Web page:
My Washer and Dryer Are (Not) Connected

By Tom Leddo, Vice President

As noted by my colleague, Mark Christenson in his recent product review about the Schlage Sense Smart Deadbolt, whenever it is time to purchase something new for my house, I always look to see if there is a new version of whatever I am buying that is “connected” in some way. I even recently followed Mark’s lead and got a smart deadbolt, but I opted for the Kevo by Kwikset.

I’ll be candid in saying that I chose the Kevo mainly because a great friend of mine works for Kwikset and so I am partial to their products. Thus, they are on every door in my house. I must say, “I LOVE IT” and highly recommend it because my phone is always with me and I can lock and unlock my door with a touch of my finger. I can also allow others through the door remotely for either a designated period of time or on a one-off basis.

But in the rapidly expanding Internet of Things (IoT) and “smart homes,” not all devices make complete sense to connect. As I have said a number of times, “I am not sure why I’ll ever need a connected toaster, but I am sure the same was said about putting a phone in someone’s car in the 1980’s. So I remain open minded.”

With this in mind, I replaced my old washer and dryer late last year. My wife and I primarily based our purchase on the capacity size of the barrel, energy/water efficiency and ease of use. But the fact that this particular set was also “connected” and included an iPhone app helped finalize our decision. We selected a paired, Samsung washer and dryer.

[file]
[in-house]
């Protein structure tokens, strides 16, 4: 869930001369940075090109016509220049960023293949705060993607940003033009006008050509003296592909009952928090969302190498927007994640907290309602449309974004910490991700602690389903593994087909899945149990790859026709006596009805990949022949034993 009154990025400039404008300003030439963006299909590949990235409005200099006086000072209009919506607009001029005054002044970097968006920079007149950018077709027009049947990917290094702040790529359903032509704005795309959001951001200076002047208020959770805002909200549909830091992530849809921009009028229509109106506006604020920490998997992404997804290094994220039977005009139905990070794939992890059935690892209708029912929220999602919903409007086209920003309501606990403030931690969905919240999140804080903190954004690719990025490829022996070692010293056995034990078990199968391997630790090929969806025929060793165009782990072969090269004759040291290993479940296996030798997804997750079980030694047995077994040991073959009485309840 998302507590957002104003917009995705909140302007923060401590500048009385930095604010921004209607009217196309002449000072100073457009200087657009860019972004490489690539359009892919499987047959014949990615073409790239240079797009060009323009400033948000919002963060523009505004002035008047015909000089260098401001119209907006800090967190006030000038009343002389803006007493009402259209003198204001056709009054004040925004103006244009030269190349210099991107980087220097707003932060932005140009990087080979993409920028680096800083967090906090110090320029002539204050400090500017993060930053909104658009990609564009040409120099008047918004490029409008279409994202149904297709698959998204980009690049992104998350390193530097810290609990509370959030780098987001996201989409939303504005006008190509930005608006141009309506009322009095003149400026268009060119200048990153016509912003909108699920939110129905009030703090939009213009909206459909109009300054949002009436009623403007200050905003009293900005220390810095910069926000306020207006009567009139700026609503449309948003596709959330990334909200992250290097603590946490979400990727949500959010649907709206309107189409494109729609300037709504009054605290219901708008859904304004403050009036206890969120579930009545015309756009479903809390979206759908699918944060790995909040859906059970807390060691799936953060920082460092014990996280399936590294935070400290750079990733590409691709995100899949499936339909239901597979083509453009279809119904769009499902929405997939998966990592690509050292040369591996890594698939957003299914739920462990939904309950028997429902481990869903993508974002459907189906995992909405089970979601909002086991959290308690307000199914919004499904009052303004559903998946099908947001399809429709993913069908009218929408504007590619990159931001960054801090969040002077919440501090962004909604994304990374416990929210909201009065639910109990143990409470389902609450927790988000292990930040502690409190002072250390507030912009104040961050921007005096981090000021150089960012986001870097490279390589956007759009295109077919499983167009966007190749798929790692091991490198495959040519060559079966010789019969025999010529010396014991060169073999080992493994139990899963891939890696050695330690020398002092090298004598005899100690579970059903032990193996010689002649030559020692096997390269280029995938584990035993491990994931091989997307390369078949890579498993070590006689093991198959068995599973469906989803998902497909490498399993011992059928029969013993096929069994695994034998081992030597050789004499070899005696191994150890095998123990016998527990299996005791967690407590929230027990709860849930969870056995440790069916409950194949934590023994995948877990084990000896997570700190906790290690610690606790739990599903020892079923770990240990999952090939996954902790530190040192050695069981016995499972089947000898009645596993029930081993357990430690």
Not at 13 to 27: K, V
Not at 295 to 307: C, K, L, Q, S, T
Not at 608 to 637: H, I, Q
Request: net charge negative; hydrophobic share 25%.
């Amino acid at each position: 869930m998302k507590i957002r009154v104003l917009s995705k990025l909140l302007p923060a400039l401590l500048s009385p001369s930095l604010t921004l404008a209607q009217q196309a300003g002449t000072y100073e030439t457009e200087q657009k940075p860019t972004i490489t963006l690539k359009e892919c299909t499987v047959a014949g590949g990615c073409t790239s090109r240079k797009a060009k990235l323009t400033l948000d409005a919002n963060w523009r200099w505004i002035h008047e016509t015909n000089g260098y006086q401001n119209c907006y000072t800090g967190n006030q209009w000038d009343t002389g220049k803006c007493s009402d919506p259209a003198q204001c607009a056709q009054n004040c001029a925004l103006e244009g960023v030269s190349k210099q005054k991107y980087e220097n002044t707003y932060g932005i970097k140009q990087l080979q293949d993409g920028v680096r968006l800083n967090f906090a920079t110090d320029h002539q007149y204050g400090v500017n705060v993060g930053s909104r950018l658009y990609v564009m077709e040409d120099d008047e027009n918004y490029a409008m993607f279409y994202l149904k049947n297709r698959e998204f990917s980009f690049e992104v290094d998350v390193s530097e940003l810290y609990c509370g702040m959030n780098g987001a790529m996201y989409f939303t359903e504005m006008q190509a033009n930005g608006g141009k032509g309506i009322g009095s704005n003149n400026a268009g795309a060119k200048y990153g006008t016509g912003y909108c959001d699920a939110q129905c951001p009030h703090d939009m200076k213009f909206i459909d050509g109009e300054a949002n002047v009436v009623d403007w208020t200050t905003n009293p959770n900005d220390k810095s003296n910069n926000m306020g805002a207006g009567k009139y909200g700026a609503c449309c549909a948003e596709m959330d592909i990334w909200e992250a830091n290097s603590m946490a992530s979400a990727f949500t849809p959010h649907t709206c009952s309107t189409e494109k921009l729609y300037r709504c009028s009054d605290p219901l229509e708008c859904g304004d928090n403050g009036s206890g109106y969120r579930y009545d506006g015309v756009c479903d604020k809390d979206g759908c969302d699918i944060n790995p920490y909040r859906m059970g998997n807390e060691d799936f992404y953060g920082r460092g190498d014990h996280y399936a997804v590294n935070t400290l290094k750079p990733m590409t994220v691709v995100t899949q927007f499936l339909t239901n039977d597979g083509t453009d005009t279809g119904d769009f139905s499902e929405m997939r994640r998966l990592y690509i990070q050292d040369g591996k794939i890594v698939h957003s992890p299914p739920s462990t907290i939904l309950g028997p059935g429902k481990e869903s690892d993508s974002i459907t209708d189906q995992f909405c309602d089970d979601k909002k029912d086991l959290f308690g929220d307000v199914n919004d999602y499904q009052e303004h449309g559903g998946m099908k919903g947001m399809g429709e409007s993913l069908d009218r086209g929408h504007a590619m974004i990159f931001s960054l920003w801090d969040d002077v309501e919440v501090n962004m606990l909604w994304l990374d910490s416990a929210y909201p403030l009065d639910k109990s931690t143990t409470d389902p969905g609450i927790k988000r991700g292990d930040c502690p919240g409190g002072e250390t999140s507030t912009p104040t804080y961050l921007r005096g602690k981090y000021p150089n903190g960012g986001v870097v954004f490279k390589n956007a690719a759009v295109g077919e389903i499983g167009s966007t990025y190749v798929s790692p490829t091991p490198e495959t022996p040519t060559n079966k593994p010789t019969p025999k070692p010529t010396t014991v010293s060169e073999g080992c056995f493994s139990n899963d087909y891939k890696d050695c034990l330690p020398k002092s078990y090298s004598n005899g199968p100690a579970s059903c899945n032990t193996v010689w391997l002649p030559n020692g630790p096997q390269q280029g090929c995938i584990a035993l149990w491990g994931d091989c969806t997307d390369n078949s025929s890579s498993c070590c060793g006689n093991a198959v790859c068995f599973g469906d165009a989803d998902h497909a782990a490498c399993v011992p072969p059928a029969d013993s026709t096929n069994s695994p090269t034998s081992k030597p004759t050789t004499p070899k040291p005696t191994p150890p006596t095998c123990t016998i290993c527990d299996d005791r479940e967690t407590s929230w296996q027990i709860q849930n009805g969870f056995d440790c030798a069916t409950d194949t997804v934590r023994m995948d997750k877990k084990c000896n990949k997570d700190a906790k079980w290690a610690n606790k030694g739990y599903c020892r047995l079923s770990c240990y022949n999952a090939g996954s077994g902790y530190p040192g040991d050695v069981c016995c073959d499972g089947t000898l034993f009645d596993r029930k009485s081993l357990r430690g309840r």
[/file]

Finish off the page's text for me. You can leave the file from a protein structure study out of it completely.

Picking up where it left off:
I am extremely happy with our new washer and dryer. If you haven’t upgraded any of your appliances in the last five to ten years you will be surprised by the advances that have been made.

But the “connected” functionality of this particular set is really bad. Through my home Wi-Fi and an accompanying iPhone app, I am supposed to be able to monitor the status of wash/dry cycles and perform remote diagnostics that can expedite needed repairs. But I have never gotten them to connect. The app has as an average rating of 1 out of 5 stars across 17 ratings in the app store with comments such as:

  • “Clearly this app wasn’t given any user testing as it is so clunky to use it’s embarrassing,”
  • “I was really looking forward to using this app but it would never connect to the washer,”
  • “…makes me want to return my washer and dryer out of principle,”
  • “Don’t even bother. I wasted too much time trying to set up this app,”
  • “Can’t get it to work… was excited to use it, now just disappointed,” and
  • “Useless app.”

These comments are not about the washer and dryer itself, but rather the accompanying app that enables it to be “connected” and very accurately reflect my personal opinions.

For me, here is the bottom line – The new appliance set works great except for the wireless functions so I am not able to sit in front of the TV or in my backyard on a Sunday afternoon and know exactly when the drying cycle ends to remove my shirts with less wrinkles. I still have to do it the old fashioned way of estimating or remembering how long it has been since I started a fresh load. But this is just a small hurdle in the world of more connected devices and I am still not giving up on moving into the connected world – I remain open minded!

April 21, 2016
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